Common stock represents ownership of a company, and are the most common form of stocks issues by companies. They give the common stock holder the right to share in company profits, and to vote on issues determining corporate policy and the composition of the board of directors.
The term 'common stock' is most commonly used in the United States, and in the other parts of the world people refer to common stocks as voting shares, ordinary shares, equity shares (United Kingdom and common wealth countries).
The capital yield of common stocks typically outperform other forms of investments due to capital growth (increase of common stock value), but also pose more risk to individuals owning common stocks due to the price volatility of common stock determined by market conditions and the possibility of future bankruptcy.
Since common stocks represent ownership of a company, individuals owning common stocks have a right to claim a portion of the companies profits in the form of dividends. The amount of dividends payed to common stock holders is proportional to the amount of company profits and to the amount of common stock held by each individual.
Dividends are typically paid out quarterly (other dividend payout arrangements are possible) if the company issuing common stocks reports excess earnings. Common stock holders can receive dividends in two forms: a cash dividend or a stock dividend. A cash dividend is issued directly into a common stockholders bank account or through a dividend check which can be deposited immediately for cash. A stock dividend, also known as dividend reinvestment, increases the amount of common stocks a common stock holder owns within a company.
Dividend reinvestment is a way for companies to reward their common stock holders by allowing them to gain additional common stock without having to purchase stocks through a brokerage firm. Companies make dividend reinvestment is an attractive option for common stock holders by allowing common stock holders to gain additional common stock in a company at a discounted price (typically between 1-10%) without paying any commission fees.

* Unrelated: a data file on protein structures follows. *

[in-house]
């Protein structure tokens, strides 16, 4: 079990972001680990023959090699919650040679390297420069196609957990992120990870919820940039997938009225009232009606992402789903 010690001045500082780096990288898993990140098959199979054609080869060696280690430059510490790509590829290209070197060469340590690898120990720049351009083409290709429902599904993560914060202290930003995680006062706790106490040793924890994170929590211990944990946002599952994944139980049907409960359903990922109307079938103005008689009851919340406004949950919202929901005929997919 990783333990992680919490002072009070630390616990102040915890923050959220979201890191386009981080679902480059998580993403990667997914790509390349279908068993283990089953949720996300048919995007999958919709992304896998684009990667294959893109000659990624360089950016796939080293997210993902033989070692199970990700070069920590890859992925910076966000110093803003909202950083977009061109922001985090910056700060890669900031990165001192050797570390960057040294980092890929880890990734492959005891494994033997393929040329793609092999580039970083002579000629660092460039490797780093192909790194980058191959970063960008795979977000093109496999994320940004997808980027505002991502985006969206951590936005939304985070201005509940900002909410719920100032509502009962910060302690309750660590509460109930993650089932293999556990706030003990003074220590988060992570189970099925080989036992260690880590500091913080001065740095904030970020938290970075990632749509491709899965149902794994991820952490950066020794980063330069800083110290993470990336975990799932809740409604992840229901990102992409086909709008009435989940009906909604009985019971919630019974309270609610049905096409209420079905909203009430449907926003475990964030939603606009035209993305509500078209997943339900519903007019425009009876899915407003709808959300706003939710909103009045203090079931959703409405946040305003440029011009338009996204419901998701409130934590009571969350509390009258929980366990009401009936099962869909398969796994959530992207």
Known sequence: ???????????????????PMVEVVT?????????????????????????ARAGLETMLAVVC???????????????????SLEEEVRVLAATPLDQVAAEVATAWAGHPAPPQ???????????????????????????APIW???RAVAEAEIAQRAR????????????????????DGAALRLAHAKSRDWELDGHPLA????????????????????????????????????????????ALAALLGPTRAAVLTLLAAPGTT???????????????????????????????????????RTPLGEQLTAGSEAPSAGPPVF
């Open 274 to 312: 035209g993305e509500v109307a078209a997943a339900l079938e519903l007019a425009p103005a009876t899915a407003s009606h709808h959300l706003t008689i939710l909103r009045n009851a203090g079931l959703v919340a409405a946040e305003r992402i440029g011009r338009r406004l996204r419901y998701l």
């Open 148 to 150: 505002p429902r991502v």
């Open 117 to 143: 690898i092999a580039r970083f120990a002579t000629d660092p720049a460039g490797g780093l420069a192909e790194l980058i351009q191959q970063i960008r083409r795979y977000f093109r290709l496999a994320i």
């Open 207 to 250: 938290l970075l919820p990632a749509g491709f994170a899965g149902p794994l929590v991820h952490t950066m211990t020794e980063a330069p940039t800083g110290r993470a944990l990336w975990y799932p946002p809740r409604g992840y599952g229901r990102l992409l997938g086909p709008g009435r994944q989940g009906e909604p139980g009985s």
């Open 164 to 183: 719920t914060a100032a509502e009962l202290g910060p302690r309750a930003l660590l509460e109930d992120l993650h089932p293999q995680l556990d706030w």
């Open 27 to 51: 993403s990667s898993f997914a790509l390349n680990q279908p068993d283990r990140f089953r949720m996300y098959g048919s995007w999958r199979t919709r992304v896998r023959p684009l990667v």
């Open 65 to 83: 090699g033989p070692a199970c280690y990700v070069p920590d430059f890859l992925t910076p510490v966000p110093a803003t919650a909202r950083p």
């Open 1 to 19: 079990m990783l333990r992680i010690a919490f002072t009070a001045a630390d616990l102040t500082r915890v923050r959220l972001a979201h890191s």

Types of common stock
Common Stock Definition
Different Types of Stocks | Desjardins Online Brokerage
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- Internal Revenue Code section 409aSection 409A applies to compensation that workers earn in one year, but that is paid in a future year. This is referred to as nonqualified deferred compensation.
- Strike PriceThe strike price (or exercise price) of an option is the price per share at which the owner of the option can buy (call option), or sell (put option), the underlying security.
- Qualified Small Business StockQualified Small Business Stock (QSBS) is a tax benefit whose purpose is to encourage long term investment in small businesses and startups. Gains on investments that qualify as QSBS can be eligible for reduced or deferred federal tax.
- Preferred StockPreferred stock (also called preferred shares, preference shares or simply preferreds) is a type of stock which may have any combination of features not possessed by common stock; including properties of both an equity and a debt instrument.
- Founder Preferred StockThe “Founders' Preferred” is a special class of stock that founders can convert into any series of preferred stock sold by the company to VC's in a future round of financing. The founders would only choose to convert these shares when they plan to sell those shares to VC's or other investors in that round of financing.
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